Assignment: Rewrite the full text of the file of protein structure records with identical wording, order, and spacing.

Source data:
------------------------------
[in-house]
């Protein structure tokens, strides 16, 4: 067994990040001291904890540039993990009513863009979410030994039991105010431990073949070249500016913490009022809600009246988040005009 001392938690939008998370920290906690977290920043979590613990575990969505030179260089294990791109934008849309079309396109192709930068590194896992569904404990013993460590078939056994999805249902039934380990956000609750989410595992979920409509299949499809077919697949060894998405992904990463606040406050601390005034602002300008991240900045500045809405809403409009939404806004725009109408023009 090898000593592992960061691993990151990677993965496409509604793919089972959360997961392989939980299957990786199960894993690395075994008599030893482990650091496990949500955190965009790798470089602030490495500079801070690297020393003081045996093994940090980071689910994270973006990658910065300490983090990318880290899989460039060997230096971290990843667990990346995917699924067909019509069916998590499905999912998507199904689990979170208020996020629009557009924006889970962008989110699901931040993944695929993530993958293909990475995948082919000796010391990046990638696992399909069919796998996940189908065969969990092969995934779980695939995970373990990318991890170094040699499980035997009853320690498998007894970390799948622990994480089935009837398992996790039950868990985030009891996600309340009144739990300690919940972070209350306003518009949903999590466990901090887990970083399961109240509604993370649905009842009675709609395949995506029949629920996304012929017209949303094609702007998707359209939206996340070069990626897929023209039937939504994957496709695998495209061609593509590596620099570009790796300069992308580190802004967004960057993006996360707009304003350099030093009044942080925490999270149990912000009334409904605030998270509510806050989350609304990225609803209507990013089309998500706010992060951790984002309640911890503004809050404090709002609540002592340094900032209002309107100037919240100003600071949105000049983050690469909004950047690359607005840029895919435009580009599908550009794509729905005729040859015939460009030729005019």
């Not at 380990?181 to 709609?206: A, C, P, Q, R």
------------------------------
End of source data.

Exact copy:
[in-house]
């Protein structure tokens, strides 16, 4: 067994990040001291904890540039993990009513863009979410030994039991105010431990073949070249500016913490009022809600009246988040005009 001392938690939008998370920290906690977290920043979590613990575990969505030179260089294990791109934008849309079309396109192709930068590194896992569904404990013993460590078939056994999805249902039934380990956000609750989410595992979920409509299949499809077919697949060894998405992904990463606040406050601390005034602002300008991240900045500045809405809403409009939404806004725009109408023009 090898000593592992960061691993990151990677993965496409509604793919089972959360997961392989939980299957990786199960894993690395075994008599030893482990650091496990949500955190965009790798470089602030490495500079801070690297020393003081045996093994940090980071689910994270973006990658910065300490983090990318880290899989460039060997230096971290990843667990990346995917699924067909019509069916998590499905999912998507199904689990979170208020996020629009557009924006889970962008989110699901931040993944695929993530993958293909990475995948082919000796010391990046990638696992399909069919796998996940189908065969969990092969995934779980695939995970373990990318991890170094040699499980035997009853320690498998007894970390799948622990994480089935009837398992996790039950868990985030009891996600309340009144739990300690919940972070209350306003518009949903999590466990901090887990970083399961109240509604993370649905009842009675709609395949995506029949629920996304012929017209949303094609702007998707359209939206996340070069990626897929023209039937939504994957496709695998495209061609593509590596620099570009790796300069992308580190802004967004960057993006996360707009304003350099030093009044942080925490999270149990912000009334409904605030998270509510806050989350609304990225609803209507990013089309998500706010992060951790984002309640911890503004809050404090709002609540002592340094900032209002309107100037919240100003600071949105000049983050690469909004950047690359607005840029895919435009580009599908550009794509729905005729040859015939460009030729005019």
């Not at 380990?181 to 709609?206: A, C, P, Q, R």